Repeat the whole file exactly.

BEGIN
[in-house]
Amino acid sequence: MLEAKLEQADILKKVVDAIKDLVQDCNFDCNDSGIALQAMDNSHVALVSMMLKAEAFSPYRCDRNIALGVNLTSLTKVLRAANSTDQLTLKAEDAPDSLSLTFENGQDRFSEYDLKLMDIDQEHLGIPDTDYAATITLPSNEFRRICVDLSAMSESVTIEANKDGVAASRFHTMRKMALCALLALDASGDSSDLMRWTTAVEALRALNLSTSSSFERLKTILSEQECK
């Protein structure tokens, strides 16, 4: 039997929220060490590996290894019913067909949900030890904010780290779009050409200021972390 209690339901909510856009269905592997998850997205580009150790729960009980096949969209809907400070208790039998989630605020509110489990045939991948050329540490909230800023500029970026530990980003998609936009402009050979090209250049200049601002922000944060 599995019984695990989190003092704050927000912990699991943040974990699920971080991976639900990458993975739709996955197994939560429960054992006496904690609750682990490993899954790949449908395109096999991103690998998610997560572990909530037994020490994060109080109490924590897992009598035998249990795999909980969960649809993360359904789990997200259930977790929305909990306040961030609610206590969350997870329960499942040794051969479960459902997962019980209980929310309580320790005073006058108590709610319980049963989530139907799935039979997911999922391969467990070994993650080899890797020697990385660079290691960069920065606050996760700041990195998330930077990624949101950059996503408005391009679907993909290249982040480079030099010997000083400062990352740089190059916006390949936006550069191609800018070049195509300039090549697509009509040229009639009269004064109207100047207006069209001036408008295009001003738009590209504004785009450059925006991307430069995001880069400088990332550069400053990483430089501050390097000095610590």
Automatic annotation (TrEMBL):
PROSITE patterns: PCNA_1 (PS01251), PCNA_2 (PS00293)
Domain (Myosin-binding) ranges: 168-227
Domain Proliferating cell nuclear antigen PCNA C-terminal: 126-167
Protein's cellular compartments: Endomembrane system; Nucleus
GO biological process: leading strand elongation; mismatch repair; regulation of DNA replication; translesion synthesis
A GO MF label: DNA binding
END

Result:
[in-house]
Amino acid sequence: MLEAKLEQADILKKVVDAIKDLVQDCNFDCNDSGIALQAMDNSHVALVSMMLKAEAFSPYRCDRNIALGVNLTSLTKVLRAANSTDQLTLKAEDAPDSLSLTFENGQDRFSEYDLKLMDIDQEHLGIPDTDYAATITLPSNEFRRICVDLSAMSESVTIEANKDGVAASRFHTMRKMALCALLALDASGDSSDLMRWTTAVEALRALNLSTSSSFERLKTILSEQECK
């Protein structure tokens, strides 16, 4: 039997929220060490590996290894019913067909949900030890904010780290779009050409200021972390 209690339901909510856009269905592997998850997205580009150790729960009980096949969209809907400070208790039998989630605020509110489990045939991948050329540490909230800023500029970026530990980003998609936009402009050979090209250049200049601002922000944060 599995019984695990989190003092704050927000912990699991943040974990699920971080991976639900990458993975739709996955197994939560429960054992006496904690609750682990490993899954790949449908395109096999991103690998998610997560572990909530037994020490994060109080109490924590897992009598035998249990795999909980969960649809993360359904789990997200259930977790929305909990306040961030609610206590969350997870329960499942040794051969479960459902997962019980209980929310309580320790005073006058108590709610319980049963989530139907799935039979997911999922391969467990070994993650080899890797020697990385660079290691960069920065606050996760700041990195998330930077990624949101950059996503408005391009679907993909290249982040480079030099010997000083400062990352740089190059916006390949936006550069191609800018070049195509300039090549697509009509040229009639009269004064109207100047207006069209001036408008295009001003738009590209504004785009450059925006991307430069995001880069400088990332550069400053990483430089501050390097000095610590």
Automatic annotation (TrEMBL):
PROSITE patterns: PCNA_1 (PS01251), PCNA_2 (PS00293)
Domain (Myosin-binding) ranges: 168-227
Domain Proliferating cell nuclear antigen PCNA C-terminal: 126-167
Protein's cellular compartments: Endomembrane system; Nucleus
GO biological process: leading strand elongation; mismatch repair; regulation of DNA replication; translesion synthesis
A GO MF label: DNA binding